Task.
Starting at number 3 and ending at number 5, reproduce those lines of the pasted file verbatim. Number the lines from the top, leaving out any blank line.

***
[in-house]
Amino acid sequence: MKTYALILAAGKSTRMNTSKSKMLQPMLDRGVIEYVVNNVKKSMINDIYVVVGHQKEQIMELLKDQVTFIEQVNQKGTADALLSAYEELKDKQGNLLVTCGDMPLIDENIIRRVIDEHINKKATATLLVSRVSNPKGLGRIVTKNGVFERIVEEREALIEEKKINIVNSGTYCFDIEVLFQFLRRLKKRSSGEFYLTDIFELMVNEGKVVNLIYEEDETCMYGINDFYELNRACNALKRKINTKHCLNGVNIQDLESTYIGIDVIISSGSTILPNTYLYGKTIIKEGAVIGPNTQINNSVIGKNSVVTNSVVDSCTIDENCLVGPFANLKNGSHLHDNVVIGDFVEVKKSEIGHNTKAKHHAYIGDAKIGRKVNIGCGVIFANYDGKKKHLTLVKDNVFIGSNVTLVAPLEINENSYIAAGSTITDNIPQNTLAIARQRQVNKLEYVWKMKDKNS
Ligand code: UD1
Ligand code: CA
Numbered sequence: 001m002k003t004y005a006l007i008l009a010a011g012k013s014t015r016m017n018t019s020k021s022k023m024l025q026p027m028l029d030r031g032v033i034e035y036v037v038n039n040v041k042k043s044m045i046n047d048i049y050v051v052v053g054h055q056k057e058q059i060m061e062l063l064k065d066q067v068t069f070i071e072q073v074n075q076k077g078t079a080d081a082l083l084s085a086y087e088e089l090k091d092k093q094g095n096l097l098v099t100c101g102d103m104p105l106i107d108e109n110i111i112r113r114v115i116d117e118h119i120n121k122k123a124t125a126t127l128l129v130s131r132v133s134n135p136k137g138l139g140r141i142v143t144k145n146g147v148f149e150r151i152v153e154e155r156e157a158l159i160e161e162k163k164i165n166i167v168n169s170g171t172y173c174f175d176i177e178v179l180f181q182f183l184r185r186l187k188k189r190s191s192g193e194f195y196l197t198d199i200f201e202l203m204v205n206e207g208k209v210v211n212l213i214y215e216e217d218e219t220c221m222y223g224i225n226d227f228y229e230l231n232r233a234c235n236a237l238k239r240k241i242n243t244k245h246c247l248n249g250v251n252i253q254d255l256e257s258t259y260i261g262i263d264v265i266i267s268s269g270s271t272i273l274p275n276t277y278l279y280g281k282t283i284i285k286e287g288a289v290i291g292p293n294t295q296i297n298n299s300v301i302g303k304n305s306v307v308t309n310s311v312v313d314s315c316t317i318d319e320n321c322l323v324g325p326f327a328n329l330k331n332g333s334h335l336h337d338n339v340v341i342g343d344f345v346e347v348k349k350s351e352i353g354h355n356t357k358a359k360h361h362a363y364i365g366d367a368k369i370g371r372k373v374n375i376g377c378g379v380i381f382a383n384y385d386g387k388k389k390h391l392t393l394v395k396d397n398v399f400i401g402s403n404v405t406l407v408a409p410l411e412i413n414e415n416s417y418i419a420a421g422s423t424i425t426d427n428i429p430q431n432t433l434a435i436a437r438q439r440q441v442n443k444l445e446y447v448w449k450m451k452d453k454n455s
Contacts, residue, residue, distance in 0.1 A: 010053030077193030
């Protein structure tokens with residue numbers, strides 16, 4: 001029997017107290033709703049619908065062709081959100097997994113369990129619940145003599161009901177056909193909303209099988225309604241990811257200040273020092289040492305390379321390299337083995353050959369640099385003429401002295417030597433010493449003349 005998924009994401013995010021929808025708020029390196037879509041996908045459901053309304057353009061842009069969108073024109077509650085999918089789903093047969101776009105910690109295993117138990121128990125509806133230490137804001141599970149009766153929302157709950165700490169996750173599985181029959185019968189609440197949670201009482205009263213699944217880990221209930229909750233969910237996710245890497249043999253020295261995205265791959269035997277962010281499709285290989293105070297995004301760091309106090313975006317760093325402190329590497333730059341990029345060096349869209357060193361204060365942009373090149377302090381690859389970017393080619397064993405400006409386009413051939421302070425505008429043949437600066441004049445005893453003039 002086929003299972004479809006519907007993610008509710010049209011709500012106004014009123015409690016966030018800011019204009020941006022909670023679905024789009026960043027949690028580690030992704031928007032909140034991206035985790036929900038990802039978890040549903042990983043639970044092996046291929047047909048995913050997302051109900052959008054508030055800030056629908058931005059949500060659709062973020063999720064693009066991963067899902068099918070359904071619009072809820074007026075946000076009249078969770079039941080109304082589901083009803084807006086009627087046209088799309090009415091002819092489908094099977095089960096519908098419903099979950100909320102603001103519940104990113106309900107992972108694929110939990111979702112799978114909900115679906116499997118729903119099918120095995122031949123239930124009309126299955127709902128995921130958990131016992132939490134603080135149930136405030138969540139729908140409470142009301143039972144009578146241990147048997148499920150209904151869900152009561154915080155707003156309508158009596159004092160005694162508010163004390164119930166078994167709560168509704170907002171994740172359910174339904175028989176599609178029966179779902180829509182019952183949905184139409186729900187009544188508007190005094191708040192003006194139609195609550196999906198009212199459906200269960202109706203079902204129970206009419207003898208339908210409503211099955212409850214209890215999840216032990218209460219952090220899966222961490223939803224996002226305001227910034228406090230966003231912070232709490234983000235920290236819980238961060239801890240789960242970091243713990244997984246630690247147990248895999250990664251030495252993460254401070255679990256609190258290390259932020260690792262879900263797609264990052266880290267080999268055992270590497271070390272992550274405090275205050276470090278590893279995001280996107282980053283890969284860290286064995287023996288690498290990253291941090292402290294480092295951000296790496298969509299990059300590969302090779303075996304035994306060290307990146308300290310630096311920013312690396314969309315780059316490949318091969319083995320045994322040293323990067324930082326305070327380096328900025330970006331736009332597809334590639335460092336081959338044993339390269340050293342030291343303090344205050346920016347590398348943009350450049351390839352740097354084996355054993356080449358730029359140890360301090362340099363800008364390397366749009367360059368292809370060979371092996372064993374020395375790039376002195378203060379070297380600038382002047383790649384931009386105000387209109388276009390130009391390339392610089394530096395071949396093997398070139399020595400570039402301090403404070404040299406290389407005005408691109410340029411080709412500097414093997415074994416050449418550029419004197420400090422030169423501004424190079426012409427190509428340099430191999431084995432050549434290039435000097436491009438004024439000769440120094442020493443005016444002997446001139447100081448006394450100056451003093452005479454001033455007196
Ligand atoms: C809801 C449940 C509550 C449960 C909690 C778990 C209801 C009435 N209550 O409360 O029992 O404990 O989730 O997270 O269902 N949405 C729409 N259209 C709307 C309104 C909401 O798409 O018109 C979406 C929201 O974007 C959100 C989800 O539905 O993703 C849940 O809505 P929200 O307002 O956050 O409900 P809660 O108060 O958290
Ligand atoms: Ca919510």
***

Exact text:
Ligand code: UD1
Ligand code: CA
Numbered sequence: 001m002k003t004y005a006l007i008l009a010a011g012k013s014t015r016m017n018t019s020k021s022k023m024l025q026p027m028l029d030r031g032v033i034e035y036v037v038n039n040v041k042k043s044m045i046n047d048i049y050v051v052v053g054h055q056k057e058q059i060m061e062l063l064k065d066q067v068t069f070i071e072q073v074n075q076k077g078t079a080d081a082l083l084s085a086y087e088e089l090k091d092k093q094g095n096l097l098v099t100c101g102d103m104p105l106i107d108e109n110i111i112r113r114v115i116d117e118h119i120n121k122k123a124t125a126t127l128l129v130s131r132v133s134n135p136k137g138l139g140r141i142v143t144k145n146g147v148f149e150r151i152v153e154e155r156e157a158l159i160e161e162k163k164i165n166i167v168n169s170g171t172y173c174f175d176i177e178v179l180f181q182f183l184r185r186l187k188k189r190s191s192g193e194f195y196l197t198d199i200f201e202l203m204v205n206e207g208k209v210v211n212l213i214y215e216e217d218e219t220c221m222y223g224i225n226d227f228y229e230l231n232r233a234c235n236a237l238k239r240k241i242n243t244k245h246c247l248n249g250v251n252i253q254d255l256e257s258t259y260i261g262i263d264v265i266i267s268s269g270s271t272i273l274p275n276t277y278l279y280g281k282t283i284i285k286e287g288a289v290i291g292p293n294t295q296i297n298n299s300v301i302g303k304n305s306v307v308t309n310s311v312v313d314s315c316t317i318d319e320n321c322l323v324g325p326f327a328n329l330k331n332g333s334h335l336h337d338n339v340v341i342g343d344f345v346e347v348k349k350s351e352i353g354h355n356t357k358a359k360h361h362a363y364i365g366d367a368k369i370g371r372k373v374n375i376g377c378g379v380i381f382a383n384y385d386g387k388k389k390h391l392t393l394v395k396d397n398v399f400i401g402s403n404v405t406l407v408a409p410l411e412i413n414e415n416s417y418i419a420a421g422s423t424i425t426d427n428i429p430q431n432t433l434a435i436a437r438q439r440q441v442n443k444l445e446y447v448w449k450m451k452d453k454n455s